• Allows retailers to specify where they would like notices of violation delivered to ensure they get into the right hands and retailers have an opportunity to take corrective action.
• Considers the monetary penalty imposed by states in mitigating the amount of federal fines imposed for the same violation.
• Takes into account, when determining whether to impose or modify a no-tobacco-sale order, whether a retailer has a compliance and training program in place.
• Doesn’t hold retailers liable for problems with warning labels on packs of cigarettes and smokeless tobacco unless the retailer acts like a manufacturer in controlling label statements, selling illegal products or altering label statements.

‘Very Existence at Stake’
Tom Briant, executive director of The National Association of Tobacco Outlets (NATO) in Minnesota, said in a recent article that the proposed FDA regulations “put the very existence of retail businesses at stake.” Tobacco retailers, he said, should be alarmed about legislation granting the FDA sweeping powers to regulate tobacco advertising, promotions and sales.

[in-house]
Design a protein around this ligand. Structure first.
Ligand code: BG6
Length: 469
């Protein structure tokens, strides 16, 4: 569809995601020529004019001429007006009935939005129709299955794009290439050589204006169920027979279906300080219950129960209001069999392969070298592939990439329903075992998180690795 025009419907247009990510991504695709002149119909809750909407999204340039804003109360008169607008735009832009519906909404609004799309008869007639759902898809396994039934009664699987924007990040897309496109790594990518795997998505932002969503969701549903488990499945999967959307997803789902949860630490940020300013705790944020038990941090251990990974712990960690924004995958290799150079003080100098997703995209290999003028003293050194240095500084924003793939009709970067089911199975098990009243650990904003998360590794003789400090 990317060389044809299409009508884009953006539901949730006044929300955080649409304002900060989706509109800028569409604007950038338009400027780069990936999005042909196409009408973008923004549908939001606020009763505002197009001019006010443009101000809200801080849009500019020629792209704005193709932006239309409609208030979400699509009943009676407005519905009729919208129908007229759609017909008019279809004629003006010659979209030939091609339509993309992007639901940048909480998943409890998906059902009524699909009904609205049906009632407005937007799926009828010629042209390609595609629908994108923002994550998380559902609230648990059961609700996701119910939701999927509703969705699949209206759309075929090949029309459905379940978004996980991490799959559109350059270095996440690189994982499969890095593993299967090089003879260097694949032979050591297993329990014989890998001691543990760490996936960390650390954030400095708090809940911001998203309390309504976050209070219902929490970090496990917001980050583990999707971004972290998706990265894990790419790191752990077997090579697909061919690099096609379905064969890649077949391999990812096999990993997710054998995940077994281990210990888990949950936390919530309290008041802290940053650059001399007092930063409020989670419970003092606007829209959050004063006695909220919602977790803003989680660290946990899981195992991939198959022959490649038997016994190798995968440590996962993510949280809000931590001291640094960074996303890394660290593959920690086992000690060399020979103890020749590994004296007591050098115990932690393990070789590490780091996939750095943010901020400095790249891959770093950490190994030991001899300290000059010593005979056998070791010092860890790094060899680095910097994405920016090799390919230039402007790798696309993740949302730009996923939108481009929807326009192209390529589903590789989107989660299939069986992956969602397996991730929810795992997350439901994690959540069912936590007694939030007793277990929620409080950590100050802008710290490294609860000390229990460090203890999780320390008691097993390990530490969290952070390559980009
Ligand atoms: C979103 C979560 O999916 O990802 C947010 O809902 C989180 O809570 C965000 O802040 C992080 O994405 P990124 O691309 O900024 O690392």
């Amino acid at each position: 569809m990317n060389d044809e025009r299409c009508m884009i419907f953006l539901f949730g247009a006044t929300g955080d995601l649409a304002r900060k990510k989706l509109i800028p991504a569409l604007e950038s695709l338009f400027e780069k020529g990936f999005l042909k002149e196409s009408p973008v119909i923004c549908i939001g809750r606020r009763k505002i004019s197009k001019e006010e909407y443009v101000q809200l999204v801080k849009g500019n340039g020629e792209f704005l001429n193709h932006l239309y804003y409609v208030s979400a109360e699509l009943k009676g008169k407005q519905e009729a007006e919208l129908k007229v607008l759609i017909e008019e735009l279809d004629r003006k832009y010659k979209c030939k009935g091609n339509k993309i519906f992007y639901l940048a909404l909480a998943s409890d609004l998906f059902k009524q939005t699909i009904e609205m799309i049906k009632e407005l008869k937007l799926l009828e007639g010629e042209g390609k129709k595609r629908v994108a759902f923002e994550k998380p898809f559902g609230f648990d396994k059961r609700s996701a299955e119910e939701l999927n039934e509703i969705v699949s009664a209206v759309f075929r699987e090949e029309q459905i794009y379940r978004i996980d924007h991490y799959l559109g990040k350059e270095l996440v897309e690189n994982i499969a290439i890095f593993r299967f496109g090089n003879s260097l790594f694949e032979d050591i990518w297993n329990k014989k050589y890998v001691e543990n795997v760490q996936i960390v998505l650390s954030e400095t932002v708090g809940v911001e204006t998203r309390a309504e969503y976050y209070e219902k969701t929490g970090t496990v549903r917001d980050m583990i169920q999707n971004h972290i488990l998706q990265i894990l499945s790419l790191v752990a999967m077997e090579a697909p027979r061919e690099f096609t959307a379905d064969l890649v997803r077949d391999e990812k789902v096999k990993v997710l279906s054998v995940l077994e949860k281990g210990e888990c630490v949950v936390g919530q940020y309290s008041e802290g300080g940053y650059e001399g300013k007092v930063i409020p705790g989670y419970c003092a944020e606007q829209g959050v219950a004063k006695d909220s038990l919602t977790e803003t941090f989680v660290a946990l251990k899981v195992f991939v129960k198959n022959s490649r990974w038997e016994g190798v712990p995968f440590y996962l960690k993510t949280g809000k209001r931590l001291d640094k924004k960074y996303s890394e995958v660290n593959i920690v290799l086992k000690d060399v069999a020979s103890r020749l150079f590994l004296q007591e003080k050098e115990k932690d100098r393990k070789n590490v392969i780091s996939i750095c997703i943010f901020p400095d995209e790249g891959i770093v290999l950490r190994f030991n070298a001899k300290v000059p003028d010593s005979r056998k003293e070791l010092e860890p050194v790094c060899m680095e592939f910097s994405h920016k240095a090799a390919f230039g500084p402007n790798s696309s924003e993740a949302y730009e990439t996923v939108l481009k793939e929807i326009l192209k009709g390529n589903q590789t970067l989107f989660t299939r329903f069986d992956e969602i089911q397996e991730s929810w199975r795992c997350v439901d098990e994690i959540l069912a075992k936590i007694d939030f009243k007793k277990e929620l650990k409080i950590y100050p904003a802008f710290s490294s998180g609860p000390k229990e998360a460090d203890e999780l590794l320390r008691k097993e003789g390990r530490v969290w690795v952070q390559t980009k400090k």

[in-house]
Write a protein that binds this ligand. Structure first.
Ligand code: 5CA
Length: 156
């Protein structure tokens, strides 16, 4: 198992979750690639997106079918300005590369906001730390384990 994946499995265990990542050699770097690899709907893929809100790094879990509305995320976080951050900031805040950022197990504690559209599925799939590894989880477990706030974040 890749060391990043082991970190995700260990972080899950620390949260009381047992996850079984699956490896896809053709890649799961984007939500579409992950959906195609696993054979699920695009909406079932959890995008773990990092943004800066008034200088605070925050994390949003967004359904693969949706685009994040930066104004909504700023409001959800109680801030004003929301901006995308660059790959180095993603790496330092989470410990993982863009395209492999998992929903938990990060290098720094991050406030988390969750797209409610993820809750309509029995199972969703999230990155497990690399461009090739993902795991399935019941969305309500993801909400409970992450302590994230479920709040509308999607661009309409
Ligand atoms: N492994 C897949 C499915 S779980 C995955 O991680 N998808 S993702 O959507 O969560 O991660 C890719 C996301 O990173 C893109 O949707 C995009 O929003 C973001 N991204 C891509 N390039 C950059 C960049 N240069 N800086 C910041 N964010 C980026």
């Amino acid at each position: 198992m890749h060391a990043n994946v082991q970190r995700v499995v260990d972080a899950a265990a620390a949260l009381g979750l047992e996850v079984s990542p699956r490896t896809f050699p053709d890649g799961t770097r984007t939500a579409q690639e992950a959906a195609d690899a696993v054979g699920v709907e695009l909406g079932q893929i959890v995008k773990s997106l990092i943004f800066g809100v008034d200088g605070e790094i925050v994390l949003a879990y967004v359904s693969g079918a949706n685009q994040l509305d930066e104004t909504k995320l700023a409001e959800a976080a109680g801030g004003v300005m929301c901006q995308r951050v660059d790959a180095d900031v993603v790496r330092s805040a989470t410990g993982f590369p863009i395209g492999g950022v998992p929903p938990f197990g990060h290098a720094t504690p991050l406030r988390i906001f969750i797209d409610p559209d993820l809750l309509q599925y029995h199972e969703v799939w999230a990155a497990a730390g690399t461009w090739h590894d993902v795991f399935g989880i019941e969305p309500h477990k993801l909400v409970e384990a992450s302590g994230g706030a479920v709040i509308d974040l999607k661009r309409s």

“Imagine a retail environment where the FDA, federal agencies, and state and local governments can routinely and regularly adopt new and more restrictive regulations on how tobacco products are sold,” Briant said. “The uncertainty that such ominous regulatory powers would create could lead to the certain demise of retailers that sell tobacco products.”

Despite retail amendments to the House version of the FDA bill, the legislation “still contains the most repressive retail regulations,” Briant argued. The legislation grants the FDA “the power to adopt almost any regulation on how tobacco products are displayed, merchandised and sold for the ‘protection of the public health.’”

The bill also grants other federal agencies, states, counties and cities the power to adopt “more restrictive regulations than those implemented by the FDA, and the power to outright ban the advertisement, promotion and sale of tobacco products in retail stores.” This, Briant added, “would be the first time such an ominous power regarding tobacco was explicitly written into federal law.”

Beyond all this, the FDA bill would eliminate in-store color advertising of cigarettes and smokeless tobacco, and only allow brand names and prices to be listed by using black letters and numbers on a white background. But the First Amendment to the U.S. Constitution protects advertising as a form of commercial free speech, Briant said.